The Life Cycle of a Paperboard Package
Where does our paperboard packaging come from? Where does it go? It’s easy to not think about packages that we quickly discard. However, it’s important to be aware of the bigger picture, and how we can participate in the process in a responsible and sustainable manner.
Fiber is Sourced
First, paperboard is made from a natural fiber source: trees. Post-consumer waste is also used in manufacturing some board types. It is important that as we use trees for production, we replant trees to replenish the supply. This will keep our supply endless! Organizations like the Sustainable Forestry Initiative help ensure that paperboard is sourced from mills that responsibly harvest their trees. Because of this, the U.S. grows more trees than it harvests!
Paperboard is Made
The trees are processes through various mills and formed into paperboard rolls. There are variations on the types of paperboard created, as they have different uses. See our article about paperboard types explained.
Paperboard is Manufactured into Containers
The paperboard rolls are then brought to the packaging manufacturing or “converting” plant. Here, the board is cut into the right size and shape, printed, and glued to form the desired product.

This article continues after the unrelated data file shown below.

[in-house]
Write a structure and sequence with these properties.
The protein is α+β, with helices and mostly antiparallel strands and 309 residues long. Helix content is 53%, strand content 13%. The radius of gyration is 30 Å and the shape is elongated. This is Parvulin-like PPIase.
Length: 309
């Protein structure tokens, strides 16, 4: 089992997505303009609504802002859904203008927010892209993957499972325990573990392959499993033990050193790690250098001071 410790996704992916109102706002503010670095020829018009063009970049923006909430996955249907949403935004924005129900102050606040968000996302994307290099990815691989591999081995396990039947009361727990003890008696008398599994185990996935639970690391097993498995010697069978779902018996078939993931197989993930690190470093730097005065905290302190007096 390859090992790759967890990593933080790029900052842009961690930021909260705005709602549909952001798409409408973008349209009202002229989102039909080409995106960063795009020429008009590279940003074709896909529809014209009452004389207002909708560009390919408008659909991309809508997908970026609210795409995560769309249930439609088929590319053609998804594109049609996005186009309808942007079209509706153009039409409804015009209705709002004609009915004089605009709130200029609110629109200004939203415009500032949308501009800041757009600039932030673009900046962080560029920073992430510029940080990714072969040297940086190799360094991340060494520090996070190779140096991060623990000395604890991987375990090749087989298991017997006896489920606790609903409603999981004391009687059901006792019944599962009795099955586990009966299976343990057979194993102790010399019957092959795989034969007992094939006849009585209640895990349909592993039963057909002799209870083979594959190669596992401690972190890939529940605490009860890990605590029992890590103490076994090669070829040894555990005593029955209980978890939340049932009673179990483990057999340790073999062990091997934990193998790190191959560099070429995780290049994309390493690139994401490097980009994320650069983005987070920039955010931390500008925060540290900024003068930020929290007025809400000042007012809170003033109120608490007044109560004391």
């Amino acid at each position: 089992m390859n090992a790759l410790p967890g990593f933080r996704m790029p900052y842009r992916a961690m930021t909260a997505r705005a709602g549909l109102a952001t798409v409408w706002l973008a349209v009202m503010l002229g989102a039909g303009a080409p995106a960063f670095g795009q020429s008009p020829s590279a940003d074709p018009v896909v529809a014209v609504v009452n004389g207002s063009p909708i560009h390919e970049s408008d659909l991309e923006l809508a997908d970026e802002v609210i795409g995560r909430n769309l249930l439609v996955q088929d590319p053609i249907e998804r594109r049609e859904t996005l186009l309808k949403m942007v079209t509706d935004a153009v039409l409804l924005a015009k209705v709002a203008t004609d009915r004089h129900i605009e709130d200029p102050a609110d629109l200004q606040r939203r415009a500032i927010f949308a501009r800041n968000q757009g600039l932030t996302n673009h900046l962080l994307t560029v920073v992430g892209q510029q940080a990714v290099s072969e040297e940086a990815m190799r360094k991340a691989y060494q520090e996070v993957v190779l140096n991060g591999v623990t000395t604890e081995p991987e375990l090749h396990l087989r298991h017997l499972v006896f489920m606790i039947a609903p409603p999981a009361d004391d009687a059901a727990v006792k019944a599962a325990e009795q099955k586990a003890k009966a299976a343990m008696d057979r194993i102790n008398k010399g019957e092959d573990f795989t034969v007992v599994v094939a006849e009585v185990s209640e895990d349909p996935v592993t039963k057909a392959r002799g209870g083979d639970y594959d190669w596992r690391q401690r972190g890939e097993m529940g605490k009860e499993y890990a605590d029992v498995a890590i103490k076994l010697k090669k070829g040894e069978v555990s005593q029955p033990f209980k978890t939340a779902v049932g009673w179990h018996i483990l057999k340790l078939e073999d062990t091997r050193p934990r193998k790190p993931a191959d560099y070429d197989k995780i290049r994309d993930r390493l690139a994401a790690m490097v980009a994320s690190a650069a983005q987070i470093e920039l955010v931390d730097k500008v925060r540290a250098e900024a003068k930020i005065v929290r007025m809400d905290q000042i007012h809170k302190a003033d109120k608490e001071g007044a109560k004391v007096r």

Containers are Filled with Product
At some point, the package will be loaded with the intended product. This is where paths diverge. For consumer based retail packaging, the paperboard containers are shipped to the retail product manufacturer. They insert their product in the packaging then send the finished product to retail shelves. This could be products like toothpaste, eye drops, or pre-made guacamole.
For foodservice in places like restaurants, food trucks and delis, the food isn’t prepackaged, but is served directly in the paperboard packaging. Examples of this are French fries, muffins, sandwiches or fruit.
Containers are Recycled or Composted, or Decompose in Landfills
Once the packaging has served its purpose, it is discarded. The fantastic thing about using tree fiber as the source material is that it is easily recycled. Paperboard that is recycled can be used as a fiber source to make more paperboard packaging! And unlike plastic or glass, different types don’t need to be separated. Once the board’s reusability has been exhausted, it can be used as a fuel source, or compost source.
As a compost source, the board is combined with other specific, organic materials that collectively breakdown into soil fertilizer. This is very useful for growing crops.
However, if a paperboard product is too soiled by things like food grease, it is often not accepted at recycling facilities and should be disposed of in the regular trash. The upside here is that because it is made from fiber, it will still breakdown in landfills much faster than other more highly processed materials, like plastic and Styrofoam.
For more information on our commitment to sustainable packaging, go here.